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Tractor semi-trailer / heavy trailers: Federal Court of Appeal examines challenge to rule on greenhouse gas emissions and energy efficiency standards | Mitchell, Williams, Selig, Gates & Woodyard, PLLC


The United States Court of Appeals for the DC Circuit (“Court”) in a November 12 opinion challenged greenhouse gas emissions and fuel efficiency standards for engines and vehicles medium and heavyweight – Phase 2 (“Phase 2 rule”).

The Phase 2 rule was enacted on October 25, 2016. See 81 Fed. Reg. 73,478.

The United States Environmental Protection Agency (“EPA”) had taken the position that it could regulate:

  1. Trailers as motor vehicles
  2. Trailer manufacturers as manufacturers of motor vehicles

The authority cited was 42 USC § 7521 (a) (1) and § 75501 (1), respectively.

The Court, in describing the purpose of the EPA rule, noted that a trailer is:

. . . rear part attached to a motorized tractor at the front.

Trailers include tanks, car carriers, forestry trailers, and platforms.

The Phase 2 rule marked the first time that the EPA and NHTSA set greenhouse gases and an energy efficiency standard for heavy trailers. Trailer manufacturers were required to adopt a combination of fuel-saving technologies, including:

  • Side skirts
  • Automatic tire pressure systems

The Truck Trailer Manufacturers Association, Inc. has filed a petition for review with the Court.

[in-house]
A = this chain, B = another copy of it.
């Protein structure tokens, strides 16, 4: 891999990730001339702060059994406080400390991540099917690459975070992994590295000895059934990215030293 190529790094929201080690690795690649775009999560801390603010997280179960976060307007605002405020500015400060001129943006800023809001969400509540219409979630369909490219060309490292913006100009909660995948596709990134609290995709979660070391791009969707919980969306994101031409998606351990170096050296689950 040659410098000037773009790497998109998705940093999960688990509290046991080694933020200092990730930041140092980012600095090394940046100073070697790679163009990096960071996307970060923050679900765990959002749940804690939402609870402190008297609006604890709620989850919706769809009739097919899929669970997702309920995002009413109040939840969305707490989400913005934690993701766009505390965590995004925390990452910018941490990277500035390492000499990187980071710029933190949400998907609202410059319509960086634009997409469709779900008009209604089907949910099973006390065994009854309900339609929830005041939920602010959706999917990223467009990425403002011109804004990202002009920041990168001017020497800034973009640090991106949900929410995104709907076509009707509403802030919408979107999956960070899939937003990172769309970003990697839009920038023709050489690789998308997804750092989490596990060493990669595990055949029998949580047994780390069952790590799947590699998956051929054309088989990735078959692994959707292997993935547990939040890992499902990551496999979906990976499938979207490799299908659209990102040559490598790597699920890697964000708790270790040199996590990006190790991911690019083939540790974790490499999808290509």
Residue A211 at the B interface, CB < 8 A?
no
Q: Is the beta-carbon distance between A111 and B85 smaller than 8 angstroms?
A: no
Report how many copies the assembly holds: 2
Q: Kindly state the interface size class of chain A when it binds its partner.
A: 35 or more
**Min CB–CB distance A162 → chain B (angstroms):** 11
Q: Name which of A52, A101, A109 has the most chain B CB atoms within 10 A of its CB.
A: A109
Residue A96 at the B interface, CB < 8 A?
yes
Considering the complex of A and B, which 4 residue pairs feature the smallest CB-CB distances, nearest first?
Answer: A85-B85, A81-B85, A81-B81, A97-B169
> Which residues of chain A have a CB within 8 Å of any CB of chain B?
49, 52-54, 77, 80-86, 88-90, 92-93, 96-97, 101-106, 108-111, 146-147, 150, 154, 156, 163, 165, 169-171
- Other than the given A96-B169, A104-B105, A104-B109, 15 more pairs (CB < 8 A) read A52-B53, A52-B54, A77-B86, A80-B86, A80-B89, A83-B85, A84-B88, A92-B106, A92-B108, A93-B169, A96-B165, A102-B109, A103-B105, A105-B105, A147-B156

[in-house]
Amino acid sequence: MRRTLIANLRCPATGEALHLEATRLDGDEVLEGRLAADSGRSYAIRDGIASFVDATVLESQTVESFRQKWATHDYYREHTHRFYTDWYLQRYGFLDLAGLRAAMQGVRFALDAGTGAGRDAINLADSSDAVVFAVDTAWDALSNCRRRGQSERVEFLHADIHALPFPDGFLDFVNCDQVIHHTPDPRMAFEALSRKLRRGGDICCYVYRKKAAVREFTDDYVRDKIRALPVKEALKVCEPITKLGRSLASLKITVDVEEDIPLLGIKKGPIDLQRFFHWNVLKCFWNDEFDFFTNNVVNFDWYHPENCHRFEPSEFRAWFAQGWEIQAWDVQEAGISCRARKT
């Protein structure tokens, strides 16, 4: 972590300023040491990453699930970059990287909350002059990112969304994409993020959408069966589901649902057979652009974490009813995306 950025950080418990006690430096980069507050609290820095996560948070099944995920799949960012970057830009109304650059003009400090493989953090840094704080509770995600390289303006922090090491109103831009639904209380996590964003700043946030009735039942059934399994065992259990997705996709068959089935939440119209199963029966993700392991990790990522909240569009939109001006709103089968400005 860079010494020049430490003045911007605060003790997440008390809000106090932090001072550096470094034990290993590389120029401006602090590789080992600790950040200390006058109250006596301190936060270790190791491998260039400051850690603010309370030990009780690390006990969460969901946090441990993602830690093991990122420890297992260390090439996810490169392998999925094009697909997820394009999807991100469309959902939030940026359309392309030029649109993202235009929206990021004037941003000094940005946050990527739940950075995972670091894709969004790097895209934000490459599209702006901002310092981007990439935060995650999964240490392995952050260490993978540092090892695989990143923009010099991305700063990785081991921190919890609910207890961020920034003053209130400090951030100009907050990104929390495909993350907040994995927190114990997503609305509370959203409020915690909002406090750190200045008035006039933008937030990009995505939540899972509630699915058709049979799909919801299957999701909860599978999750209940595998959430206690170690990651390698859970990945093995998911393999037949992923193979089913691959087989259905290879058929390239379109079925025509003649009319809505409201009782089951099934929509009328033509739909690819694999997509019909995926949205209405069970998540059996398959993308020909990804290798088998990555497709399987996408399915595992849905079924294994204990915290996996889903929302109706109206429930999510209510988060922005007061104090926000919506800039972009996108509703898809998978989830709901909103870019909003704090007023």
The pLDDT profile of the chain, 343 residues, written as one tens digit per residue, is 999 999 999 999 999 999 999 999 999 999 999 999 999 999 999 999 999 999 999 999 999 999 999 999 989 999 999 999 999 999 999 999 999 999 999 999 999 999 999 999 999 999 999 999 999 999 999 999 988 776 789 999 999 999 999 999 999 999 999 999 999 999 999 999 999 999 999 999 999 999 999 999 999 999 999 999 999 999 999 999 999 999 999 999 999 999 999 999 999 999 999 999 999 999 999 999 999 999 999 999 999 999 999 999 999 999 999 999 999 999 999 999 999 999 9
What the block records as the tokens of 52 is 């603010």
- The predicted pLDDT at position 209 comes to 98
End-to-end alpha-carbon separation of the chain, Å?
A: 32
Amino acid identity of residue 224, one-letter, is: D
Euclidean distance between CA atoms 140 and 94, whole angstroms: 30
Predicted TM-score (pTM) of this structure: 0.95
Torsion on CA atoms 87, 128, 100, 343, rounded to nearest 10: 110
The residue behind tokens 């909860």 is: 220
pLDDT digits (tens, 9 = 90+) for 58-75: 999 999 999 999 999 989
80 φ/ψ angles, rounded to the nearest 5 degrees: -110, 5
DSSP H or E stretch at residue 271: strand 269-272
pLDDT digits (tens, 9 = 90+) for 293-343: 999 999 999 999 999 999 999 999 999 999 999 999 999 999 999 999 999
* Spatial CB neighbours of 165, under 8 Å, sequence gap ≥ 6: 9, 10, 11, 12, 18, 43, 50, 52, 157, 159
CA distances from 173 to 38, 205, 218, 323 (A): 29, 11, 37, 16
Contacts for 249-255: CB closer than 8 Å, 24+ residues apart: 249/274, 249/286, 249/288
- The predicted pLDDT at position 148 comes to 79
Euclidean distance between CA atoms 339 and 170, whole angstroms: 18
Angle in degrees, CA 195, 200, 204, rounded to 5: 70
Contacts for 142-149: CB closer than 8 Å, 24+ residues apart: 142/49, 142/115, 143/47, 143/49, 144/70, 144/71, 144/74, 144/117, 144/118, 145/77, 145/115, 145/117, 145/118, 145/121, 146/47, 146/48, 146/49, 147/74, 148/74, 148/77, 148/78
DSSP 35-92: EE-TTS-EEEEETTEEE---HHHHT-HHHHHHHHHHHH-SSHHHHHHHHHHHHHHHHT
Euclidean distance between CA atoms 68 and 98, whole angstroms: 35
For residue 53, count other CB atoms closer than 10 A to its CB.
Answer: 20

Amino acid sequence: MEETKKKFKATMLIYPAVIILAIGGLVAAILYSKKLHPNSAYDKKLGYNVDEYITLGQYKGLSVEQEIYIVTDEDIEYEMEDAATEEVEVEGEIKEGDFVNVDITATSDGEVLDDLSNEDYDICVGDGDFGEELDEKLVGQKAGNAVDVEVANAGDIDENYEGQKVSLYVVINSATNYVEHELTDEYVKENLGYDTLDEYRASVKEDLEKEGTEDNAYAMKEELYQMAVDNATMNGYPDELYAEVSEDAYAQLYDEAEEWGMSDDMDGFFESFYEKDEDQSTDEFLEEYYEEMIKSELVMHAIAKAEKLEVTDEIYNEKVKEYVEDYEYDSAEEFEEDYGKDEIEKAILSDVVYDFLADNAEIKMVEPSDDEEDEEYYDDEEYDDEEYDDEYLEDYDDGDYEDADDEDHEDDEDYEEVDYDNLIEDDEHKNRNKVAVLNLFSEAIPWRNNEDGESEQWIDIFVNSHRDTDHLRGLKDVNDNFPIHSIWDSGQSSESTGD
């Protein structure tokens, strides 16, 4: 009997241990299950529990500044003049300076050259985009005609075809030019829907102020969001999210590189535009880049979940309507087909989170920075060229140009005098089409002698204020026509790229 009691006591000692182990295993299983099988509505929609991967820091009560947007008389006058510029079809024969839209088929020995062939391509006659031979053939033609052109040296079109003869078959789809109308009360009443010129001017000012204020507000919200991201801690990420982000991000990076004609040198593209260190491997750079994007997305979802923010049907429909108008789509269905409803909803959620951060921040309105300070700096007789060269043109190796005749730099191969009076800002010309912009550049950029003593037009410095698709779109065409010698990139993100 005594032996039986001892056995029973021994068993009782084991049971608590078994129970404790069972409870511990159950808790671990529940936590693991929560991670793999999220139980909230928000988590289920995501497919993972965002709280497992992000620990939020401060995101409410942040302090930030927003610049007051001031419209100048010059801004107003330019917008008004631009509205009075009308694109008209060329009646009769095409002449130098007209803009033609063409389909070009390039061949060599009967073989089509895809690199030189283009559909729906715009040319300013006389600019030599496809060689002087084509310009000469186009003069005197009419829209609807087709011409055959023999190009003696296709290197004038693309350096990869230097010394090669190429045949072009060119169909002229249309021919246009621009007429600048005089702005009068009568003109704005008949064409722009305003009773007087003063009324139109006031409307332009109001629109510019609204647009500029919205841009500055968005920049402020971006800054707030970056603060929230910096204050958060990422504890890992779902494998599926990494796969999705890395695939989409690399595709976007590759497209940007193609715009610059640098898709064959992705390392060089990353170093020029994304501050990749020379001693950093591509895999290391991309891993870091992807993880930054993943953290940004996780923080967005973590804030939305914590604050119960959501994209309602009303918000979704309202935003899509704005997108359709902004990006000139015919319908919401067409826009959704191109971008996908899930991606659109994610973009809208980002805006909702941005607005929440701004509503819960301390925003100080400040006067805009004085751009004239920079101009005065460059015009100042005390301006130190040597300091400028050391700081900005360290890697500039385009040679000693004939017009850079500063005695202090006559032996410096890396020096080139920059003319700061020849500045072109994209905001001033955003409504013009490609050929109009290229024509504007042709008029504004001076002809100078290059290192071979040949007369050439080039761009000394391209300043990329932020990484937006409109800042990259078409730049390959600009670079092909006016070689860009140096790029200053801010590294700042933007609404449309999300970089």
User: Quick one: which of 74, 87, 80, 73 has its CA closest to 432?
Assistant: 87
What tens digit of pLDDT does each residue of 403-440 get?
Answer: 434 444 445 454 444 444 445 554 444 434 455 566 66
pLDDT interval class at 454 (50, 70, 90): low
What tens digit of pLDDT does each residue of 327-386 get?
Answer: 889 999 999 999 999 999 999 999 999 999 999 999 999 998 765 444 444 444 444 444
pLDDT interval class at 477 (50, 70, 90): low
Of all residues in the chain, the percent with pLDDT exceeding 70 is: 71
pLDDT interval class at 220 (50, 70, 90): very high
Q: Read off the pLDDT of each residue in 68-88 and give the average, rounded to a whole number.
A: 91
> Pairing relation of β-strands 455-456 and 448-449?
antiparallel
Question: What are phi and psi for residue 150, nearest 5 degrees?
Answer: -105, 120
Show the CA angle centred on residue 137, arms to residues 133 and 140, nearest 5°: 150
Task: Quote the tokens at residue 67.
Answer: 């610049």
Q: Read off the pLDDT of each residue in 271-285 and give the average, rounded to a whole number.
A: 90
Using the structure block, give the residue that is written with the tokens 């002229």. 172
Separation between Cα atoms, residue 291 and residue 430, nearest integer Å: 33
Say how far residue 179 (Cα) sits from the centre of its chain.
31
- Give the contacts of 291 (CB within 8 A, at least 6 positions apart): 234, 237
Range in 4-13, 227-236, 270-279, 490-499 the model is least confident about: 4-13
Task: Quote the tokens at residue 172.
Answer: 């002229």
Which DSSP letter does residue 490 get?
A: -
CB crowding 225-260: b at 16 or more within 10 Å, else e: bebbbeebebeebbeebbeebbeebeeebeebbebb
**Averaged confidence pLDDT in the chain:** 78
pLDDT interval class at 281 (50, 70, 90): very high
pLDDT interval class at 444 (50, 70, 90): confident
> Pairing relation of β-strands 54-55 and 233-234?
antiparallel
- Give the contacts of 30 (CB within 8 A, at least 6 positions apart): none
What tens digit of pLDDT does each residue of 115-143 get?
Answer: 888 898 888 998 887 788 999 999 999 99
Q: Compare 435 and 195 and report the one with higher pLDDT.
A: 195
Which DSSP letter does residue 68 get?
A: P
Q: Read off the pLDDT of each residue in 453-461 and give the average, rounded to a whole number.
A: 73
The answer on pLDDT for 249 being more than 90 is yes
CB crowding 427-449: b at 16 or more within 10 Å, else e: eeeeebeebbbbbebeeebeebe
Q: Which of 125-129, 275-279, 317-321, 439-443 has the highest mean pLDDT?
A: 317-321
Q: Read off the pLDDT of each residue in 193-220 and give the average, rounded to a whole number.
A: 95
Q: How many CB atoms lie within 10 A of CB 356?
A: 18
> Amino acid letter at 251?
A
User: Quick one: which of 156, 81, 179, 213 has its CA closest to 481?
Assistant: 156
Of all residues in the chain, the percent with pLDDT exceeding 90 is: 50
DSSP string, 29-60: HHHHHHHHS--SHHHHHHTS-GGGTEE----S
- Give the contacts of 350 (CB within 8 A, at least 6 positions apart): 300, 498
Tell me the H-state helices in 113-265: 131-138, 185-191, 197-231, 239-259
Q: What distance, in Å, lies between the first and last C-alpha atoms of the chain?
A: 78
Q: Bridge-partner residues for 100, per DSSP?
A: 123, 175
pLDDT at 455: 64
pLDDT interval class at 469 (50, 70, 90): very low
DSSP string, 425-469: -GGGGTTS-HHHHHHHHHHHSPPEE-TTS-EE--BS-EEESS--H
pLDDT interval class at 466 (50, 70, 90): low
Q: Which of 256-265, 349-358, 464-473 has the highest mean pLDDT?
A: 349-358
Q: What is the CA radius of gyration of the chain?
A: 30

The Court analyzed the EPA’s use of Section 202 (ie “Title II”) of the Clean Air Act regulations. He concludes that the objects of the Title II regulations of the Clean Air Act must be self-propelled. Since trailers are not self-propelled, the EPA is considered unable to use § 202 (a) (1) to establish emission standards for trailers and require trailer manufacturers to comply with them. .

Likewise, the Court analyzed NHTSA’s use of the Ten-in-Ten Fuel Economy Act (“Act”). This law was enacted as part of the Energy Independence and Security Act of 2007. See 81 Fed. Reg. at 73,519.

The law requires the NHTSA, in coordination with the EPA, to establish “fuel economy standards for” certain vehicles. See 49 USC § 32902 (b) (1).

The Court concluded that since a trailer does not use fuel, it is not fuel efficient. It specifies that in the statutory context of § 32902 that:

. . . nothing is a vehicle unless it has fuel economy – a measure of miles driven per gallon of fuel used.

Therefore, as in the case of the EPA, the court finds that the NHTSA does not have the power to regulate trailers.

A copy of the notice can be downloaded here.

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